The Ancient Near East includes a number of cultures. While they all have similarities, there is also some variation. We tried to include both Mesopotamian and Canaanite myths. I used Padraic Colum’s Myths of the World which I got on Kindle. It is nice because it gives some introduction to what we find in each of the cultures as well. For Mesopotamia, we also got a few of the storybooks by Zeman by tell the epic of Gilgamesh. There are three I believe that they each tell part of the story so you want to read them in order. Though these are picture books, they do a great job. For Canaan, I used Coogan’s Stories from Ancient Canaan. These are tales from Ugarit, a Canaanite town which was destroyed by fire. The destruction meant that the clay tablets on which the stories were written were baked hard and survived. It is interesting to see the similarities and differences here with one of Israel’s close neighbors. What we have is somewhat fragmentary. Coogan gives good introductions to each. I recommend prereading so you can give context and read selections. I blogged on these myths when we studied them previously. You can see one of those posts here.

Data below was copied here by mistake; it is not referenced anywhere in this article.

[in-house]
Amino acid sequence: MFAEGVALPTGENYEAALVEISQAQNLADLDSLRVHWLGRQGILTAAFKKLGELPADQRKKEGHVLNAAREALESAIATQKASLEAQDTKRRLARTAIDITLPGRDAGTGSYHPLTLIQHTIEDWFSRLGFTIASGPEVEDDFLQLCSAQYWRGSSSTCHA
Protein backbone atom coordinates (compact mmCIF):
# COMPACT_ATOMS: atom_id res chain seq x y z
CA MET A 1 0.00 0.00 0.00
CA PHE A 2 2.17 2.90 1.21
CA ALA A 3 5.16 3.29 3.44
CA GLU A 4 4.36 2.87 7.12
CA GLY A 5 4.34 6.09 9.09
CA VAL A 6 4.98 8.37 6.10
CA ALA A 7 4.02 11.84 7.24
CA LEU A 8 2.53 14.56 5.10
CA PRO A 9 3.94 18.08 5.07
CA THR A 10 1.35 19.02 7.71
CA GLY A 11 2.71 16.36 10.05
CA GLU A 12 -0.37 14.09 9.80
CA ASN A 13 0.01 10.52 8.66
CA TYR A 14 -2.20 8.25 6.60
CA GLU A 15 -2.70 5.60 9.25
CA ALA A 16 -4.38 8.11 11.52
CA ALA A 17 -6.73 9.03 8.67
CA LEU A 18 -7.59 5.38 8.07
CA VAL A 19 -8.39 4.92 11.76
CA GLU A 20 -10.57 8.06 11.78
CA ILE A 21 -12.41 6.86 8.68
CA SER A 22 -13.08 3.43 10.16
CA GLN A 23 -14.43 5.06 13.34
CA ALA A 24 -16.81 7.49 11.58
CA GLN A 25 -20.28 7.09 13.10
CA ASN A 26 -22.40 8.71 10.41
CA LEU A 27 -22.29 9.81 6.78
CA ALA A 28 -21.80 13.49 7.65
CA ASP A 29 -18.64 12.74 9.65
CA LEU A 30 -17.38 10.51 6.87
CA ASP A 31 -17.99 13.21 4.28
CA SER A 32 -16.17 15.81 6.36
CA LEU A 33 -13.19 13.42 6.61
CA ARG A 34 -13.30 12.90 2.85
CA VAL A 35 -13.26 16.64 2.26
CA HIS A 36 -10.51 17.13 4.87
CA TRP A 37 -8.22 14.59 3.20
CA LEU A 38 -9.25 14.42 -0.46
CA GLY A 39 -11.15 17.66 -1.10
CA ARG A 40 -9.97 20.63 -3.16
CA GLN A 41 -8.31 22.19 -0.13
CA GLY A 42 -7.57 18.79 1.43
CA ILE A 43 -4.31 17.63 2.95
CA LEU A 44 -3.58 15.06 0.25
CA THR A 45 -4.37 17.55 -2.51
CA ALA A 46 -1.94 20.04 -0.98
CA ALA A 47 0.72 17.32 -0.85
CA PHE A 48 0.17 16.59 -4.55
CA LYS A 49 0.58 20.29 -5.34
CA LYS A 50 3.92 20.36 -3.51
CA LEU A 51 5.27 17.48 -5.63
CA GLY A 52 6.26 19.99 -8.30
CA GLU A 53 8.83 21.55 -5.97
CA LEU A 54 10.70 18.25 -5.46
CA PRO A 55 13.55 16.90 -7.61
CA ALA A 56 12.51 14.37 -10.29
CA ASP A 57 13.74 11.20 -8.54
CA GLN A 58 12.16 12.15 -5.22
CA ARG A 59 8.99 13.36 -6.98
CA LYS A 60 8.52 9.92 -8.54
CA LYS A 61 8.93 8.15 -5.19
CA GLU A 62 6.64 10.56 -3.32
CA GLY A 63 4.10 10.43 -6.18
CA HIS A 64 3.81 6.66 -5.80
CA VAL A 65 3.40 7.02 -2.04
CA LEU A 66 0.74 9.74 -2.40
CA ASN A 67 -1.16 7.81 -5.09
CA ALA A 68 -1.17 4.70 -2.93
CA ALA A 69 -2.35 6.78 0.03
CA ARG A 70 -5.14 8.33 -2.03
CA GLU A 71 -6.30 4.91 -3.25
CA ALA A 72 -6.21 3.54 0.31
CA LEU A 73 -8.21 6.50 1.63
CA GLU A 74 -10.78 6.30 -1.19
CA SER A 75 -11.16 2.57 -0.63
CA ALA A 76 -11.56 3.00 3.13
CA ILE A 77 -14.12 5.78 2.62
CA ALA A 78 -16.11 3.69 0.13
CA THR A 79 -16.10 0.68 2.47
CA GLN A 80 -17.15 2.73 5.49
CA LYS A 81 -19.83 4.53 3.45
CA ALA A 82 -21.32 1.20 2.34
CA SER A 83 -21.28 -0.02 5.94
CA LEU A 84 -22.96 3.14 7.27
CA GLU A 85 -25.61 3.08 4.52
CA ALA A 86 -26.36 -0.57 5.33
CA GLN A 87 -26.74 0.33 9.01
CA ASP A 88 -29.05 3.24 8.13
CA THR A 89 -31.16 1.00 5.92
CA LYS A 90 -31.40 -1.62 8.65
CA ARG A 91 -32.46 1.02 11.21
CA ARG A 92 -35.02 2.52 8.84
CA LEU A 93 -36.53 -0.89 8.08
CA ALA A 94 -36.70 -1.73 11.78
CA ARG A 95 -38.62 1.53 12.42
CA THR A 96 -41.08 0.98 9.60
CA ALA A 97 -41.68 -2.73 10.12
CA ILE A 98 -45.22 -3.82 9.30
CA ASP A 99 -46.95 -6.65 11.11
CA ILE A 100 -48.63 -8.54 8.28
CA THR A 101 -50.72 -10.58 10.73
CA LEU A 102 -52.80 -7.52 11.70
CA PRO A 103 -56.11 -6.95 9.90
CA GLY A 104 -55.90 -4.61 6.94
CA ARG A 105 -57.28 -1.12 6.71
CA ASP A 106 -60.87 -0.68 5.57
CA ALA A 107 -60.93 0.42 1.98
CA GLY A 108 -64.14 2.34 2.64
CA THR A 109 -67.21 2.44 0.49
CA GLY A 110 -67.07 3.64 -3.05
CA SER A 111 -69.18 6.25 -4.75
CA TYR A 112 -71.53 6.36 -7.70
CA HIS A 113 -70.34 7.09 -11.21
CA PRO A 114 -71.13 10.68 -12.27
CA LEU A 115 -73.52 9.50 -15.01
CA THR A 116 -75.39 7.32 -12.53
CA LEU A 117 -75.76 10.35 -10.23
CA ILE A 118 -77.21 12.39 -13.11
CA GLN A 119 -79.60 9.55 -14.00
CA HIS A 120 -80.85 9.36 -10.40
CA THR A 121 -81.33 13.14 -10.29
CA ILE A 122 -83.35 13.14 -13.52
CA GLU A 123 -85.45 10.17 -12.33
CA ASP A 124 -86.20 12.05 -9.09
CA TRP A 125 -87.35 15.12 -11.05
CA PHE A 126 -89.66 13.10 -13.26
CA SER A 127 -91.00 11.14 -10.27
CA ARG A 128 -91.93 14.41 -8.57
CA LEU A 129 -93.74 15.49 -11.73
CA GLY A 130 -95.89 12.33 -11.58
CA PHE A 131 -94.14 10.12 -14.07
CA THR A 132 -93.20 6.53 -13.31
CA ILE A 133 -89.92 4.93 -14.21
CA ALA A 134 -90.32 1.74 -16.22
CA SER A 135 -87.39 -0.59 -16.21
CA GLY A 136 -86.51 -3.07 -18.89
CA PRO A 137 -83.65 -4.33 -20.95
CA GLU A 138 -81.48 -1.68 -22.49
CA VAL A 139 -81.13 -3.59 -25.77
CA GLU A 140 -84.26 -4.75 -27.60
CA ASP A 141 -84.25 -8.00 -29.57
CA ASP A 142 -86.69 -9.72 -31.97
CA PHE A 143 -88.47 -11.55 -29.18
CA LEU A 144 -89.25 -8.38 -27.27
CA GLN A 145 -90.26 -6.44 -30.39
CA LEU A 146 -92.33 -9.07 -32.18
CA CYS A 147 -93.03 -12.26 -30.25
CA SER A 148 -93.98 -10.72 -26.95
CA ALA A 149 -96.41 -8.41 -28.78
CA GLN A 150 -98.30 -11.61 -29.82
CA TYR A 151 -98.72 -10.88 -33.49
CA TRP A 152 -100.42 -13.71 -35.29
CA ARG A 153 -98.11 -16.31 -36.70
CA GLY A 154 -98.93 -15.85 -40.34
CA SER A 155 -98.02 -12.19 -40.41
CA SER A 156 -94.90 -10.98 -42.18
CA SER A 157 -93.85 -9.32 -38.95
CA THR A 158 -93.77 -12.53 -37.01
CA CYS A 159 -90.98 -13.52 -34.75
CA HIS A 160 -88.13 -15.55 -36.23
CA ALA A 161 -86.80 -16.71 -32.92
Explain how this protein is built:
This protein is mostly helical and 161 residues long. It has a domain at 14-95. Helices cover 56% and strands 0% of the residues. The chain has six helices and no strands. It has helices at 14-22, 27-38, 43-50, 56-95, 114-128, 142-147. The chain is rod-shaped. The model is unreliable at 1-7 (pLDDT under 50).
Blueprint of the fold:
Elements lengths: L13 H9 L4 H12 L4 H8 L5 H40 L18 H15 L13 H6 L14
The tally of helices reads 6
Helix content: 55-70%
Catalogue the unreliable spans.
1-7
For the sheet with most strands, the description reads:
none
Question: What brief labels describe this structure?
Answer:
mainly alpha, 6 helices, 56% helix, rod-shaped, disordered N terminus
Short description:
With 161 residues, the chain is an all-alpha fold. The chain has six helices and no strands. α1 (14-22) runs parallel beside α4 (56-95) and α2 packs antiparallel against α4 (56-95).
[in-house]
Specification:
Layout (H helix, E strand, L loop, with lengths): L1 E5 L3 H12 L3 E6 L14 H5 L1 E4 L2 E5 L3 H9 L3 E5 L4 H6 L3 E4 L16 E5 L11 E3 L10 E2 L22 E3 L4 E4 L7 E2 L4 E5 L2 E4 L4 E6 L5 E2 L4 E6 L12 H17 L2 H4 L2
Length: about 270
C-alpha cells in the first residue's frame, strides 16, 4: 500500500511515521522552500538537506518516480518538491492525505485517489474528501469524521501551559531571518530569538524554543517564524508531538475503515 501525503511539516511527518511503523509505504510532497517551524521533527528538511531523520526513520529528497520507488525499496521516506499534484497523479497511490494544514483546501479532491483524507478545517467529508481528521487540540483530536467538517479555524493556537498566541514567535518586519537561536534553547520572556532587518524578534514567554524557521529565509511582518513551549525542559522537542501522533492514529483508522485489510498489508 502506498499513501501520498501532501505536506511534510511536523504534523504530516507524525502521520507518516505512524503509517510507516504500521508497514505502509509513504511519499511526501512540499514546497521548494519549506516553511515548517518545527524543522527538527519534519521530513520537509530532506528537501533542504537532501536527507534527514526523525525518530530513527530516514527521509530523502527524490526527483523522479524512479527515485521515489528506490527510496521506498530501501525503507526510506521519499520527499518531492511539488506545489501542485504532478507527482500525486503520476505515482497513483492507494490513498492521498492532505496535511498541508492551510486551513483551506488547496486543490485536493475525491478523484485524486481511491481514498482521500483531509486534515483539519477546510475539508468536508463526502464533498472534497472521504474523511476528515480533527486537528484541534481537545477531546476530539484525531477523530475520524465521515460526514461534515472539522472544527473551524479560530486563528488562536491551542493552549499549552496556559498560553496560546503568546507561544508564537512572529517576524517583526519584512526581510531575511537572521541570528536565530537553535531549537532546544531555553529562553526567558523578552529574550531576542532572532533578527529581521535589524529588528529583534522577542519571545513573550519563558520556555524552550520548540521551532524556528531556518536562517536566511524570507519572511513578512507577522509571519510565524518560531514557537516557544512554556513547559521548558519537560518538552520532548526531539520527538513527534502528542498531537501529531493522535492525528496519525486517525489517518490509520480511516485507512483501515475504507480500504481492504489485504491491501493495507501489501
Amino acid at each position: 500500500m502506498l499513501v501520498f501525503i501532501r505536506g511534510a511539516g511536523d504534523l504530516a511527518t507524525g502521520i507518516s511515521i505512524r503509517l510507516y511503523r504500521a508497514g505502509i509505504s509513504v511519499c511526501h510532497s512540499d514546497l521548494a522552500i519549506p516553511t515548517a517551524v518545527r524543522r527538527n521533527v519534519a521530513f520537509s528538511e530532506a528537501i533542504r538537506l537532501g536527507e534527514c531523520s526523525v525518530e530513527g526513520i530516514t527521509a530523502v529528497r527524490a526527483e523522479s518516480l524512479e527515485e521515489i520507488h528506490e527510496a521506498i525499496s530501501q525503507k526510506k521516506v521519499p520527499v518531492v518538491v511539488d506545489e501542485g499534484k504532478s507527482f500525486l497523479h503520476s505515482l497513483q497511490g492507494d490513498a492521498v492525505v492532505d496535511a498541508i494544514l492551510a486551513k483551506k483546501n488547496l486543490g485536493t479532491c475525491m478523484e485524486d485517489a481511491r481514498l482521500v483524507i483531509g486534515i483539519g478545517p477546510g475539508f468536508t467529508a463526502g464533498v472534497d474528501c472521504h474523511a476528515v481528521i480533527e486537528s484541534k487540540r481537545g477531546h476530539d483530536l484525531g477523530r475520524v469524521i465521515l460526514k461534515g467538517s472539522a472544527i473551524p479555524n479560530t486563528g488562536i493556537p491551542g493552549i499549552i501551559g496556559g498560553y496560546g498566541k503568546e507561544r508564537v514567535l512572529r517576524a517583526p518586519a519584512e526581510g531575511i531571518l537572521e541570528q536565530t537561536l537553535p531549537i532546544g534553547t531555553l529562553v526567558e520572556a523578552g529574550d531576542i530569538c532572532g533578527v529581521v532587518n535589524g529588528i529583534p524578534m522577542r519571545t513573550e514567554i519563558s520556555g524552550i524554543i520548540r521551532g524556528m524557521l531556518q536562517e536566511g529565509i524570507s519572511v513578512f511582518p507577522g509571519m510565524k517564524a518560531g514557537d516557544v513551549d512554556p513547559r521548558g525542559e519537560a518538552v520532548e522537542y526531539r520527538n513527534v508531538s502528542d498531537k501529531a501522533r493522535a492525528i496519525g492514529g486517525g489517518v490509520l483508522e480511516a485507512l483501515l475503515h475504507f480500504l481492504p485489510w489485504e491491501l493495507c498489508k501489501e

We also talked about writing together using the book Sign, Symbol, Script. This is one I had leftover from my grad school days. It is actually a catalog from an exhibition but gives lots of info on the history of writing and the alphabet, a topic I couldn’t pass by. I have no idea how easy this is to find. We didn’t use Ancient Israleites and Their Neighbors. I find it a bit cumbersome. It has lots of extras like recipes if you are into that sort of thing.

I’m not thrilled with the historical fiction in this period. I don’t find it very well-written. My high school daughter read Adara by Gormley. My middle schooler read  Hittie Warrior by Williamson. The latter in particular seemed to through in every biblical motif it could (not in a good way). My senior read Silverberg’s Gilgamesh the King. I chose this book partly because he has been studying science fiction for his literature this year and Silverberg is a sci-fi writer. I thought the book would stray farther from the myth but it actually seemed to do better than I expected.

ane 2